Written by: Dianne Johnson, email@example.com
Coy C. Carpenter Library, Wake Forest School of Medicine, Winston-Salem, NC
Two years ago, a second year medical student wanted to do research on how the under-served and uninsured population received access to healthcare with the federal government’s new healthcare plan. With another librarian, we crafted several search strategies and searched but didn’t come up with anything appropriate. Since the healthcare plan was new at the time, we helped him change his topic for that research project. That research question planted a seed for me.
At the same time, my institution was implementing electronic health records to be called myWakeHealth. Along with all the training that came with integrating new programs, there were many communications about how to publicize and teach patients about myWakeHealth. An example is the internal website having scripts for different types of healthcare providers explaining how to show myWakeHealth to patients.
I decided to sign up and see how it worked. As I was doing it, I wondered how someone without a computer or access to the Internet would do it. I knew patients were receiving a print-out summarizing each visit and letters in the mail explaining test results because I had received them. I also knew I could call or email my providers, but again, I’m an employee and I’m comfortable with technology.
My institution kept promoting our patient promise about how we will keep patients safe, respect their time, etc., but we also wanted patients to be empowered with their healthcare. And in today’s world, empowerment comes via technology. So being a librarian who helps teach various populations, having been in charge of the history of this institution for a number of years and having a life-long attraction to the under-served population (always cheering for the under-dog in sports), I decided to help. Thus is born what I unofficially called: Your Ambassador for myWakeHealth!
I approached the manager at the Downtown Health Plaza, an outpatient clinic for the under-served population, with my idea. I knew what the Plaza did since I created a historical website about the various healthcare buildings in Forsyth County. The Downtown Health Plaza manager suggested I support the community at Winston East Pediatrics, the pediatric clinic for the same population. I came armed with my laptop, smartphone, clipboard, authorization/registration forms and two pens. I used the clipboard, paper forms, and pen the most after I approached parents in the waiting room. I briefly explained what myWakeHealth is and offered the form for them to register. Most parents were appreciative and typically filled it out if they had a few free minutes.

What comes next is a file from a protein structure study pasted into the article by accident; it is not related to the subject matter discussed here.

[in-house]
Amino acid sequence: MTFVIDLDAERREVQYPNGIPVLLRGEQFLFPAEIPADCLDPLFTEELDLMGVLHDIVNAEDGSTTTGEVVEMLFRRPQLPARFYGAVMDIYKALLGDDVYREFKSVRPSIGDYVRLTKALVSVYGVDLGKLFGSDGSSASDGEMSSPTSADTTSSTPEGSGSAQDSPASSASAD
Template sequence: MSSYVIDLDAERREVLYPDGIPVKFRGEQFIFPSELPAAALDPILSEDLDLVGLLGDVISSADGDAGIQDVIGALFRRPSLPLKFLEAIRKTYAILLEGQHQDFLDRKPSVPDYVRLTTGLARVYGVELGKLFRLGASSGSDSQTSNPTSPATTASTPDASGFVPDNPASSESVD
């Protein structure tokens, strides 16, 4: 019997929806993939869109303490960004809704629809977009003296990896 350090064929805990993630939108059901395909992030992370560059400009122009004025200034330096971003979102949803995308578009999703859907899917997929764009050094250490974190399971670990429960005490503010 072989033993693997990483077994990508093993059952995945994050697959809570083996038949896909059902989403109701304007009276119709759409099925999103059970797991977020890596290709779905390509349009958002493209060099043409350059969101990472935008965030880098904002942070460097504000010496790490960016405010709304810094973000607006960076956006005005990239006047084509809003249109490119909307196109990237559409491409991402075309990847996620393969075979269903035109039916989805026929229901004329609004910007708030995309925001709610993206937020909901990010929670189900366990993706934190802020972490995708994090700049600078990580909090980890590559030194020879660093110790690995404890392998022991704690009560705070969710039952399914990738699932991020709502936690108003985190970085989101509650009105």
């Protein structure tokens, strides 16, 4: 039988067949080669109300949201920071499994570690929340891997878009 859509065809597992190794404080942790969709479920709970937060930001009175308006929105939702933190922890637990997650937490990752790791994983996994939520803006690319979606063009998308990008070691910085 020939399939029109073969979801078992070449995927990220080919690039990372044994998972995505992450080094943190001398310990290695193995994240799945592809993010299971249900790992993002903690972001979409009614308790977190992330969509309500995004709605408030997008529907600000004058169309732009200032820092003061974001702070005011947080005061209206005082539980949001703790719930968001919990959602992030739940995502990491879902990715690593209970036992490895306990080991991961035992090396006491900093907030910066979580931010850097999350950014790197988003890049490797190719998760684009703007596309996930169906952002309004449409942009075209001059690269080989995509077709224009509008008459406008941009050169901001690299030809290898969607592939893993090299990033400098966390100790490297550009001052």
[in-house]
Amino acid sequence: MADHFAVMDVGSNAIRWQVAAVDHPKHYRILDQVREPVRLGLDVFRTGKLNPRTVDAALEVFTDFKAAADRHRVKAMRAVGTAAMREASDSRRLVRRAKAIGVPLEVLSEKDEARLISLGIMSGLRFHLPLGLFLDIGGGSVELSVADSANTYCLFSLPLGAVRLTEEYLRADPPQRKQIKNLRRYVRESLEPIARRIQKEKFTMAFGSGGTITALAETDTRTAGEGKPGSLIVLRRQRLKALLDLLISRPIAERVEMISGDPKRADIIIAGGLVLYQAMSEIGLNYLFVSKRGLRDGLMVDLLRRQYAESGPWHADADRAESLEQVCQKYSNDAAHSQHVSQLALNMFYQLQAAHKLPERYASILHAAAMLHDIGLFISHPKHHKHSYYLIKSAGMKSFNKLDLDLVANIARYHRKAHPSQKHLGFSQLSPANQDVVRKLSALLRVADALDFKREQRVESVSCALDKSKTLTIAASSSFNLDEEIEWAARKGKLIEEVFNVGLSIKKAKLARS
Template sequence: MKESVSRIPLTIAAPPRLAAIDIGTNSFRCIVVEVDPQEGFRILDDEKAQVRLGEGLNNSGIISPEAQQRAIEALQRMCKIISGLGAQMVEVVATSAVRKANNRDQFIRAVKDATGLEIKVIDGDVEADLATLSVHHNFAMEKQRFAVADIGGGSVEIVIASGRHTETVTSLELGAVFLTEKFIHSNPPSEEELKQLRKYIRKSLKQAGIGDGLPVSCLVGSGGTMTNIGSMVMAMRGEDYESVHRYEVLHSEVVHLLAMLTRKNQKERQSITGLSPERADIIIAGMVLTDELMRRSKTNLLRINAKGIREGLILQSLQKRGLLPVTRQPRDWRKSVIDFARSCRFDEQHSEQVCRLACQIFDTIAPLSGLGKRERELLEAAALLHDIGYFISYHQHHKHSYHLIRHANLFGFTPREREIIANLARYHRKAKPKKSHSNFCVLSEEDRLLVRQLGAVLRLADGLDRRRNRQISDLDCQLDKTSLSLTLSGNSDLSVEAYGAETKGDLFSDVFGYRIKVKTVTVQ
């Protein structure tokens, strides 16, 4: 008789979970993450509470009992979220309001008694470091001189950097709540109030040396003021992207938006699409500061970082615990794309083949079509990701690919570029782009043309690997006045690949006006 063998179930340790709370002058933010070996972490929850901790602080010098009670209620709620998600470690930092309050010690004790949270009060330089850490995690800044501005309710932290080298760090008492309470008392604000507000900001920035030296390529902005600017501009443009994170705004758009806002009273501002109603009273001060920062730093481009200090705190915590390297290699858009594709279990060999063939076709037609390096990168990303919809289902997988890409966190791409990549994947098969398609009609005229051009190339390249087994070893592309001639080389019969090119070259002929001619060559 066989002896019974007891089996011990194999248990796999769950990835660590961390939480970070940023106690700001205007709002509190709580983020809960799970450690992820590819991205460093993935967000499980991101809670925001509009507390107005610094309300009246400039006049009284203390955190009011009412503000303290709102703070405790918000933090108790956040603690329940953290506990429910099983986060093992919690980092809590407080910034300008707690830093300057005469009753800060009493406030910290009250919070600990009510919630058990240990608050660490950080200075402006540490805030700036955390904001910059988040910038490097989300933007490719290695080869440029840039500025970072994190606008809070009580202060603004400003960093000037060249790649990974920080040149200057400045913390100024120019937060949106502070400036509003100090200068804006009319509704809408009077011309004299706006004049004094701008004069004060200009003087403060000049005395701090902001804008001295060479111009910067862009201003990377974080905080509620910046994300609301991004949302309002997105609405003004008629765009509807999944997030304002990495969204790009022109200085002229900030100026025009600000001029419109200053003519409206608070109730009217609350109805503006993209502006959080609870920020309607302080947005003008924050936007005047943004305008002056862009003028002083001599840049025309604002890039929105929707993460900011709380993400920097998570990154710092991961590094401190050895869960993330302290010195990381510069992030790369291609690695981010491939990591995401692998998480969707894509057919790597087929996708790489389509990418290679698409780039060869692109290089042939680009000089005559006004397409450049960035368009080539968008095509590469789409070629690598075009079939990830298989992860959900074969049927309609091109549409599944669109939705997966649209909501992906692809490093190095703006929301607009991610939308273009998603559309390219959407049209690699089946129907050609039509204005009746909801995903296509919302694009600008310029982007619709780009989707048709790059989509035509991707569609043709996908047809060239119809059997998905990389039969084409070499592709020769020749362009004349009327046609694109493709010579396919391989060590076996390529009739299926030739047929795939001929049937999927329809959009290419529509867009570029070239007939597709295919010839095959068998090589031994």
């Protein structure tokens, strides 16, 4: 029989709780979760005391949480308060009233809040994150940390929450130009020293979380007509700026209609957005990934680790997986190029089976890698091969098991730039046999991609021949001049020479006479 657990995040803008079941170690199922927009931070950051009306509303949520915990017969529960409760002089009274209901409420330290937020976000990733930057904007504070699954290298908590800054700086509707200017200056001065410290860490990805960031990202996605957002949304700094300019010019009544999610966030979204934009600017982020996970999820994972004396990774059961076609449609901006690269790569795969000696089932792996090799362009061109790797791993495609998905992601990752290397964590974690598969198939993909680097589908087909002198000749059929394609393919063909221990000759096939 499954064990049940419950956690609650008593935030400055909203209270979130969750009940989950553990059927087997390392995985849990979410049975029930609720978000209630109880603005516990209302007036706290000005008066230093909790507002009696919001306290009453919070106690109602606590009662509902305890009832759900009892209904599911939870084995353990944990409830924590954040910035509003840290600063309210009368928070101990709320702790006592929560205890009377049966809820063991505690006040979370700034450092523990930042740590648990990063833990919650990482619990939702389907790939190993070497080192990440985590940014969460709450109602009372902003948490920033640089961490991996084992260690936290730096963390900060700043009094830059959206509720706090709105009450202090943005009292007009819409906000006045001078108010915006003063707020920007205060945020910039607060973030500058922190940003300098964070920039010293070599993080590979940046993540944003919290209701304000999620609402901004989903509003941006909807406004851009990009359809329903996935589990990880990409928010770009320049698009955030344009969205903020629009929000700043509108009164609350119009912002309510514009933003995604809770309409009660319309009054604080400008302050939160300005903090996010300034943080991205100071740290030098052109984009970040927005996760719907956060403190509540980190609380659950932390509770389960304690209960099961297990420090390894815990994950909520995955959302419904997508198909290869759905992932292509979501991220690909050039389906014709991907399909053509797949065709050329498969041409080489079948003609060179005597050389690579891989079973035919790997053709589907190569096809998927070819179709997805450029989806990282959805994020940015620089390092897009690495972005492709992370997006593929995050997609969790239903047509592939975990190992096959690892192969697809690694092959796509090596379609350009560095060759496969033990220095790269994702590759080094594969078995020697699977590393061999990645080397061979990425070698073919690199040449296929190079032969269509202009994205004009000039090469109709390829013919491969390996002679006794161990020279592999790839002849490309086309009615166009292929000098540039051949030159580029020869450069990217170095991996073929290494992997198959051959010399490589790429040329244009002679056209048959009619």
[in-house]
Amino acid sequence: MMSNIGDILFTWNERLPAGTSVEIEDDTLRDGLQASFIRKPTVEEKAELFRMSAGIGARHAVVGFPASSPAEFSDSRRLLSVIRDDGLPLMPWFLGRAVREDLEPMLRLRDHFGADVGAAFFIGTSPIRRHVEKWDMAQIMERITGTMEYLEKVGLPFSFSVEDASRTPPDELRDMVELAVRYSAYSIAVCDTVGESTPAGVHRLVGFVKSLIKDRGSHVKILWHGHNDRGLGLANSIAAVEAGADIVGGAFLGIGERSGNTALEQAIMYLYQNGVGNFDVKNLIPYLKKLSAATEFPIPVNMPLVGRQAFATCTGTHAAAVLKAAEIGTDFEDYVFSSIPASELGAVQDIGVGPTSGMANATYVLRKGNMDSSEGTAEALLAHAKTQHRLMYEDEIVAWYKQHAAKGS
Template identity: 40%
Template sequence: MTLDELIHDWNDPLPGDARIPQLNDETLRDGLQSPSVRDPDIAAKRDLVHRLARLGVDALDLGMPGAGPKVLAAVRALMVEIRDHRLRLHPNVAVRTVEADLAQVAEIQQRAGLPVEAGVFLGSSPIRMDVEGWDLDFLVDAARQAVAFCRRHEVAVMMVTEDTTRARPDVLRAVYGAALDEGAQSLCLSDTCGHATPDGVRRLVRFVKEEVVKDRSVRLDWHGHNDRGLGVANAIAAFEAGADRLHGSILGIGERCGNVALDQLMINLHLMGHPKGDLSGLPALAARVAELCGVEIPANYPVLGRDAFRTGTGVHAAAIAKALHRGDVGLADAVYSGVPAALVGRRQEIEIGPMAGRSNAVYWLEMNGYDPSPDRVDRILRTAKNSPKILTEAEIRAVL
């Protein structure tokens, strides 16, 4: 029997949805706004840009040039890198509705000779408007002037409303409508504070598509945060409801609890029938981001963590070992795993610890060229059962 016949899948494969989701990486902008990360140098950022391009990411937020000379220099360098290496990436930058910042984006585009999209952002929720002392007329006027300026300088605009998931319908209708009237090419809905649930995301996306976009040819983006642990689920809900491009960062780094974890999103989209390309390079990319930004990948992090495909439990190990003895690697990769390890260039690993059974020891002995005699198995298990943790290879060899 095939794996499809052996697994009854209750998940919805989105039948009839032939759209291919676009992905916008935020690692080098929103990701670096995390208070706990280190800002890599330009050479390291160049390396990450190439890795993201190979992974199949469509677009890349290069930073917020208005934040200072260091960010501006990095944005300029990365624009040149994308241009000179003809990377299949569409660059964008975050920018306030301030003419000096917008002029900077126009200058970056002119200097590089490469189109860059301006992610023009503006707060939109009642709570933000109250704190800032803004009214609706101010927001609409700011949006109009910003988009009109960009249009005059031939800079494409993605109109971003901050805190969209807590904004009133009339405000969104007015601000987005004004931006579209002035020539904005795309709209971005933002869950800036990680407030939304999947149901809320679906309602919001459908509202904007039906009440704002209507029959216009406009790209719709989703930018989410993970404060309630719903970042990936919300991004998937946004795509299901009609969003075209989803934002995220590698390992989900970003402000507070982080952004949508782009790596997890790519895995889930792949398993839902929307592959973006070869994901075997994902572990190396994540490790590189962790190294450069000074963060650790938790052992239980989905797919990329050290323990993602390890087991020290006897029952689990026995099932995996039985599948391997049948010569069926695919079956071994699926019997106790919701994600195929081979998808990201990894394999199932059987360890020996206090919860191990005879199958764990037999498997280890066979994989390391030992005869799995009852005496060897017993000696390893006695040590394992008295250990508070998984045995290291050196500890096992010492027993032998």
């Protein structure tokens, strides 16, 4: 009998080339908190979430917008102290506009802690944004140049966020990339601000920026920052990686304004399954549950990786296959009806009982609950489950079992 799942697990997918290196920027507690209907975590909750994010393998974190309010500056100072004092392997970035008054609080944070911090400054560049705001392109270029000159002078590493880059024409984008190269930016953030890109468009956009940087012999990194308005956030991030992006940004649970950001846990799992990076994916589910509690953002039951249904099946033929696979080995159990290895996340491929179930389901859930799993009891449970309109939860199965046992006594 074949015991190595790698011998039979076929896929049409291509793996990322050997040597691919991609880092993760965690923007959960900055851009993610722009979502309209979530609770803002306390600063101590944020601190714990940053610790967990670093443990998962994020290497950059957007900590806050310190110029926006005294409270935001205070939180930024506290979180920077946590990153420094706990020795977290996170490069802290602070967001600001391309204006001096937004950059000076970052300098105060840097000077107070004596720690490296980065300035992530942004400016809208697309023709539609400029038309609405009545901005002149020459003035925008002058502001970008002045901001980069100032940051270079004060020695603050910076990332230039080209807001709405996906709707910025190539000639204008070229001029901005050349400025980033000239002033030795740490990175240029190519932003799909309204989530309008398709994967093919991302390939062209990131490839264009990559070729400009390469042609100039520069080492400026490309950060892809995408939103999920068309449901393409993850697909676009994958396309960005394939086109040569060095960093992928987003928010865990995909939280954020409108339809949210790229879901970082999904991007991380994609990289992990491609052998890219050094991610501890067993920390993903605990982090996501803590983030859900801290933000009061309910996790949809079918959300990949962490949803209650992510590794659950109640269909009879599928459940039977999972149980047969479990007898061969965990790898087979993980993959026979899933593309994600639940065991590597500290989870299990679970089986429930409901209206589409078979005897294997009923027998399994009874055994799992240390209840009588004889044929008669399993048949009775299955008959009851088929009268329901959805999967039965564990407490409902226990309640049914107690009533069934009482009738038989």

After having done this for a month and somewhat targeting the people I approached, I decided that the waiting area for a pediatric clinic was not the best environment. I sent the forms the parents filled out to another department which sent patients a paper letter explaining how to create a myWakeHealth account. So working in a stressful waiting room with no follow-up after the initial form helped me realize that I could do more in a better environment.
I’m now in the process of speaking with various community advocates to set up myWakeHealth classes in nearby recreation centers, public libraries, and churches to teach this population how to use myWakeHealth – hopefully bringing health information, comfort, and empowerment.